The Iowa legislature has voted to establish new penalties for people caught getting a job at a livestock confinement or on a farm in order to go undercover or to disrupt the operation in some way.
AUDIO of senate’s 52-minute debate of the bill earlier this afternoon. The House endorsed the same version of the bill at 4:45 p.m. It now goes to Governor Branstad, who is expected to sign it into law.
Senator Joe Seng, a Democrat from Davenport who is veterinarian, said animal rights activists with an agenda to expose conditions inside livestock confinements can expose the animals to disease.
“People are trying to get into these places, saying they’re a plumber or they’re this or that, they’re going to take care of your livestock with no intention of that whatsoever. They’re trying to bring down this business,” Seng said. “That is false pretenses. It’s a claim that they’re going to do one thing, but they’re not going to do it. They’re going to do something else.”
Early this afternoon the Iowa Senate voted 40-10 to charge people caught in those situations with a serious misdemeanor. A few hours later the Iowa House endorsed the proposal on a 68-26 vote. Senator Matt McCoy, a Democrat from Des Moines, voted no. McCoy suggested whistleblowers will be made into criminals, at the expense of public health.
“This is the way to chill the whistleblowers and to bring the cover of darkness over this and to give immunity to big agriculture so they can do whatever they please, however they please and do it with immunity,” McCoy said.
Senator Herman Quirmbach, a Democrat from Ames, voted against the legislation, too.
“Passing this bill will put a big red question mark stamped on every pork chop, every chicken wing, every steak, every egg produced in this state,” Quirmbach said, “because it will raise the question of: What have you got to hide?”
Senator Liz Mathis, a Democrat from Robbins, suggested people caught in these kinds of situations inside a livestock confinement can be charged with trespassing on private property.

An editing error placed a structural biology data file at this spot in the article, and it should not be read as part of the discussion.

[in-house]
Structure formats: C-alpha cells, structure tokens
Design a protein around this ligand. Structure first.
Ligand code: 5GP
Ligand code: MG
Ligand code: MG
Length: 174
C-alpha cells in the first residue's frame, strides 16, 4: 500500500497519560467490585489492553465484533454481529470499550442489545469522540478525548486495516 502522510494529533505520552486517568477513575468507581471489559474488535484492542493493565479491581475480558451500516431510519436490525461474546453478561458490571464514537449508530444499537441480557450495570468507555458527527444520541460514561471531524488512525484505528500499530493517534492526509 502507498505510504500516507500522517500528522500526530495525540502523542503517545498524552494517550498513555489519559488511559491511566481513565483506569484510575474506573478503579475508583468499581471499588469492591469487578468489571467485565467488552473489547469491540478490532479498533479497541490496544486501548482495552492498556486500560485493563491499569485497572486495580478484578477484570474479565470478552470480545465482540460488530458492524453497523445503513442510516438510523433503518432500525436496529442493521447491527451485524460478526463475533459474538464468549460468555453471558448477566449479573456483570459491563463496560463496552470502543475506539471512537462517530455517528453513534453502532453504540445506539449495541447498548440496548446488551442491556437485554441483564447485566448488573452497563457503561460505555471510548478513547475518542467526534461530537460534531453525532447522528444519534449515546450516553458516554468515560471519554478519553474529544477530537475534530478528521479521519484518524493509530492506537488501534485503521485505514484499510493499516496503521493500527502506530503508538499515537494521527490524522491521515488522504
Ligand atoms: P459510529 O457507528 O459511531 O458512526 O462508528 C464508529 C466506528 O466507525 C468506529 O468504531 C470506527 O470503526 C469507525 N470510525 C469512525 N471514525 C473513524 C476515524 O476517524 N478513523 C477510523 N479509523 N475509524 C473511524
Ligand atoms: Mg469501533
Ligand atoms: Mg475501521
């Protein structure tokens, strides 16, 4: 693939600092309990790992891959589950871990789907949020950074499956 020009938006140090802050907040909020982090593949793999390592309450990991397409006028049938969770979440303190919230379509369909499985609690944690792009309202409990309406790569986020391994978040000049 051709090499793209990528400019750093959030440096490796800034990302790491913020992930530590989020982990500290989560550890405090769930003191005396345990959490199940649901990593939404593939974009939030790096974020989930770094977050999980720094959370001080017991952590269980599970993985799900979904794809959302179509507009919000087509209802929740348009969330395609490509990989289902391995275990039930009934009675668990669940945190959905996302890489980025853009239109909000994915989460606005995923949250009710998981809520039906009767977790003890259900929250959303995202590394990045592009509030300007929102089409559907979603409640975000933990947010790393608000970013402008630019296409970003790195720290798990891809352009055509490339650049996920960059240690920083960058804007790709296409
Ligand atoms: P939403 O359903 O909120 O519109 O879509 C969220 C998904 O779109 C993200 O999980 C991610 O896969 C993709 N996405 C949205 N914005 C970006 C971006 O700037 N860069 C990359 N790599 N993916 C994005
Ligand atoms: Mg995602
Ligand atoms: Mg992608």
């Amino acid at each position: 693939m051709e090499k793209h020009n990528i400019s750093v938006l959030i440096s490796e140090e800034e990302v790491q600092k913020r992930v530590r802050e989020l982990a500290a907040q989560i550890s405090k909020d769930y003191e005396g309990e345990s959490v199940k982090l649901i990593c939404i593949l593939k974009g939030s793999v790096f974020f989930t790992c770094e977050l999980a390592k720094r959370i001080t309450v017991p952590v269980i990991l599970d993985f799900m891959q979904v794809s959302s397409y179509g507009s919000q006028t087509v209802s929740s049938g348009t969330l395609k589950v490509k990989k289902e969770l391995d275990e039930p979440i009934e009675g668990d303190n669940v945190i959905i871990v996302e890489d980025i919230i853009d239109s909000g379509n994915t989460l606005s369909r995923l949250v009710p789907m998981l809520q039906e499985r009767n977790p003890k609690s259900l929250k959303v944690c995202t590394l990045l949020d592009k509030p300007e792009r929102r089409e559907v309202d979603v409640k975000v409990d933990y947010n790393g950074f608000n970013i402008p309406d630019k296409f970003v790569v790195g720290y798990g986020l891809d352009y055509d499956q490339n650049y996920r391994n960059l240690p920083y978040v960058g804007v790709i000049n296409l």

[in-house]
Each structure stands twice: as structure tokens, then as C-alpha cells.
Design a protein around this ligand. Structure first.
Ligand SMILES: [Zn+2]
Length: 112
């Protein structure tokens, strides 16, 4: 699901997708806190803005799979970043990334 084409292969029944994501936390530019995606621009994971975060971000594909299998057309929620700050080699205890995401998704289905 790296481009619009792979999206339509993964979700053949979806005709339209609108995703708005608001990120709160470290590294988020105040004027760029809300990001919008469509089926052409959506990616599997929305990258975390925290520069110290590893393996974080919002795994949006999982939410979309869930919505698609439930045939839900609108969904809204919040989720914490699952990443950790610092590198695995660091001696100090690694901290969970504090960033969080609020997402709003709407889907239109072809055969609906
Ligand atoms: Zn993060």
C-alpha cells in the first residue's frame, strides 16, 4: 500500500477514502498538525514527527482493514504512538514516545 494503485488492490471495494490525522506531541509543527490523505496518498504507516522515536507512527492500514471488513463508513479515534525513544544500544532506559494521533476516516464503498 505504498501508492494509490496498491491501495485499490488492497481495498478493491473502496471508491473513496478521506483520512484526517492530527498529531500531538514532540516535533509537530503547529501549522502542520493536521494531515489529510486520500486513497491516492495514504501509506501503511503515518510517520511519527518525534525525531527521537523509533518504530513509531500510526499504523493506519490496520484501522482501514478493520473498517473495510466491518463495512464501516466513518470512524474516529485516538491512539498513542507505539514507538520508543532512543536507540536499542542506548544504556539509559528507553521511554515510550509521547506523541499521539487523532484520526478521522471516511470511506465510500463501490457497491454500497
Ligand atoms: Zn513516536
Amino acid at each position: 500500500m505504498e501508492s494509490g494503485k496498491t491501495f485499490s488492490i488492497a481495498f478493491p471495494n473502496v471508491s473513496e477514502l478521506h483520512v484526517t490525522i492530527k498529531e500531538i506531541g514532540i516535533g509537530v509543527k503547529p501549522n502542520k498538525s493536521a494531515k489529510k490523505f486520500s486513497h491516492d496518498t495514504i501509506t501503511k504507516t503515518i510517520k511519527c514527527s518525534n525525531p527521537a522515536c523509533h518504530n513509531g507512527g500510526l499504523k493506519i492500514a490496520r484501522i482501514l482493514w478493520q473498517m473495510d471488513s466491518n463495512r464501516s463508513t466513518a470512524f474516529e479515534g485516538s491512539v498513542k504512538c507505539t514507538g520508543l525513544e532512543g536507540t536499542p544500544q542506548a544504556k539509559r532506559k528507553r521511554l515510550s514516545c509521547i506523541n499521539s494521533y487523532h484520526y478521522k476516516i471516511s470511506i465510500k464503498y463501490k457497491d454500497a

“Those who have been talking about less government for years should agree there are already laws for protection and this bill is not necessary,” Mathis said.
Last year the Iowa House voted to establish a prison sentence of up to 10 years for people caught going into a livestock confinement to take pictures or video of the animals and those who’re caring for the livestock. Representative Annette Sweeney, a Republican who raises row crops and cattle on her farm near Alden, urged the House to accept the Senate’s version of the bill which sets up a much more limited penalty.
“For right now I think it’s a start, to realize that we are serious about protecting the agriculture that we have in this state,” Sweeney said during an interview.
Groups like People for the Ethical Treatment of Animals, or PETA, have released undercover videos taken from inside livestock confinements to illustrate their contention that the animals are being abused. Sweeney said “it remains to be seen” whether this type of law will be a deterrent to that kind of activity.
“But I’m hoping that it sends the signal that if you do commit fraud, it’s illegal,” Sweeney said. “And they do need to be mindful of that.”
Iowa Citizens for Community Improvement — a group that opposes large-scale livestock confinements — calls the bill a “sell out to the corporate factory farm lobby.”
(This story was updatd at 4:50 p.m. after the House approved the bill.)